The Greek word for measuring earth is Geometry

Three ways to use the story in your class

2. General lesson

3. Activity

4

Material: • A piece of rope (2 m or more) • 12 beads

We need 4 children and 4 pawns. The children are holding the rope on the spot of the marked knots. In for example a rope of 12 meters, after every meter there is a knot, but knot 1, 4, 9 and 12 are marked by another color or size. It can be a tied rope but it is better to use an untied rope. Three children form a triangle first (rectangle, not equilateral triangle).

The pice of rope needs to be divided by knots or beads of 12 equal distances.

Possibility A The piece of rope is divided by knots.

Child 1 holds the beginning, child 2 holds knot 4, child 3 holds know 9 and child 4 holds knot 12. After knot 12 a piece of rope is left which should be connected to knot 1.

1

12

9

Possibilty B The distances are being marked by beads: • Start with a knot; • Add a bead; • Make an knot directly after the bead so that is stays on its place; • Choose a distance of 10 cm or more; • Make another knot;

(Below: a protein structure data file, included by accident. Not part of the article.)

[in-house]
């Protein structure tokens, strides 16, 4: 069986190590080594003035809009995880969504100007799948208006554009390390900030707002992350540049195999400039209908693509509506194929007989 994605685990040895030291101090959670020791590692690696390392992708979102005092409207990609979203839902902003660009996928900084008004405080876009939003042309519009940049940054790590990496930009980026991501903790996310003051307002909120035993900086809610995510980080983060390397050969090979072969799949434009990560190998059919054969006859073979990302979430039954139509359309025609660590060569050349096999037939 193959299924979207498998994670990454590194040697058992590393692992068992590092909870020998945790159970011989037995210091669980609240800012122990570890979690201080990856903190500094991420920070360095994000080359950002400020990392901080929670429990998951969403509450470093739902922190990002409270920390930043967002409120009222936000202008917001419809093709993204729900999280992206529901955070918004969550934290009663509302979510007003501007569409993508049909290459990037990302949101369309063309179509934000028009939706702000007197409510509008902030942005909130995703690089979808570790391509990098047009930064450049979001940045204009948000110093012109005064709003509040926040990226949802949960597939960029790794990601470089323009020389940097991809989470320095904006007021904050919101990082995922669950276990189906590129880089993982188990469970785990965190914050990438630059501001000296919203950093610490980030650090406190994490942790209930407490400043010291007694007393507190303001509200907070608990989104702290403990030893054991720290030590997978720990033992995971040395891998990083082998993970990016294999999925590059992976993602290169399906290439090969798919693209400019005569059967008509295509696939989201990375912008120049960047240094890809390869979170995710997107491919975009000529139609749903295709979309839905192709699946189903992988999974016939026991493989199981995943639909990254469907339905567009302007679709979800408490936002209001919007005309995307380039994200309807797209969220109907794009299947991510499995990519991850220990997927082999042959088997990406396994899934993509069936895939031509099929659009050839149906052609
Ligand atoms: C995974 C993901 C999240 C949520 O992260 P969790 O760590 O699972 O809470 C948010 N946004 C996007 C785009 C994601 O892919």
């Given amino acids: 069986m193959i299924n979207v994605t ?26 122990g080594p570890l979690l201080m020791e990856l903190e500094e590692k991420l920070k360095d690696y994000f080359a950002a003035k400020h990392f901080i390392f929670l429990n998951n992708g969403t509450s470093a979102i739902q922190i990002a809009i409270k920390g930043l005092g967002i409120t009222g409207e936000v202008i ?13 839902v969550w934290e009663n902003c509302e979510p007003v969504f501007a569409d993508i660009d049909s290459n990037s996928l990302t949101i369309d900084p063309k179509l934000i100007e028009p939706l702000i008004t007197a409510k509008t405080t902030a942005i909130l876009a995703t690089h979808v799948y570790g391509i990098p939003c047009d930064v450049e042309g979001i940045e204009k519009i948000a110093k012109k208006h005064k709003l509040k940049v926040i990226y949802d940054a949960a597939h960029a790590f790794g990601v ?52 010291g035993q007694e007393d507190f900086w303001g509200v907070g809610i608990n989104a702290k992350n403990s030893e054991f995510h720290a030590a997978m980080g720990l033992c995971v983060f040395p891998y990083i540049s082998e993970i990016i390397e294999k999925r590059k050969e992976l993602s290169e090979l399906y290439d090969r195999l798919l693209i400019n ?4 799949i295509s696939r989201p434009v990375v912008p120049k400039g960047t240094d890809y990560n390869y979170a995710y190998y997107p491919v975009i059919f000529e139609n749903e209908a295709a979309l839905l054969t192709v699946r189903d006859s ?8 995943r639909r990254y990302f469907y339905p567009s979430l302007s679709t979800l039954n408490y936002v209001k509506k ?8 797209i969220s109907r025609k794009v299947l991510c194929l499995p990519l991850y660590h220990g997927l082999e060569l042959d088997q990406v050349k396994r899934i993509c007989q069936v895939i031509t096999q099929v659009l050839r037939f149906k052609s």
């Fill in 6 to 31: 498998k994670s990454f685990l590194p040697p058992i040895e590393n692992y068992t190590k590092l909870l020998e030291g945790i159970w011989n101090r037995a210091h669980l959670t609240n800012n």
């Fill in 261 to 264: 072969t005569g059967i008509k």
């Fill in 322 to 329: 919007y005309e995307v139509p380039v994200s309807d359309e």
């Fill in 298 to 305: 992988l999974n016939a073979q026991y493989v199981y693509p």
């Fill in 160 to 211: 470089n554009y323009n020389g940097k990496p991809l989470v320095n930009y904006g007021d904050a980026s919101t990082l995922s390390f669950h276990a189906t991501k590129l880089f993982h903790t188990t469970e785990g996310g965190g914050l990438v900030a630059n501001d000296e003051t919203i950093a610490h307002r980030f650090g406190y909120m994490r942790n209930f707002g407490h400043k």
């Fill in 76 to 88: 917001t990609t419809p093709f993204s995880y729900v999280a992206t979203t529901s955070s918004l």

4

12

After this the knots 1, 4 and 9 will be marked by pawns. Then child 4 takes the rope at the point of knot 12 and mirrors the entire shape by walking to the opposite edge. If the rope is tied, the child is supposed to let go the rope but the pawn stays. If it is an untied, child 4 puts knot 12 exactly above knot 9 and connects the last part to knot 4. After this a pawn has to be placed on the right top corner at knot 12.

1. Doing research by asking questions

Possibilities are: • Can you think of a way how the Egyptians can use a rope like this to measure the land with 4 people? • Do you have an idea what the red knots would be meant for? Can you find a solution for this? • What shape did you make? • Are you able to make another shape?

• Another bead; • Another knot; • And measure a similar distance again.

A perfect rectangle has been created, marked with pawns or children. When you do this exercise outside you could cover a larger surface.

1

12

9

Learning is in the details

Download poster here

2

Made with FlippingBook. PDF to flipbook with ease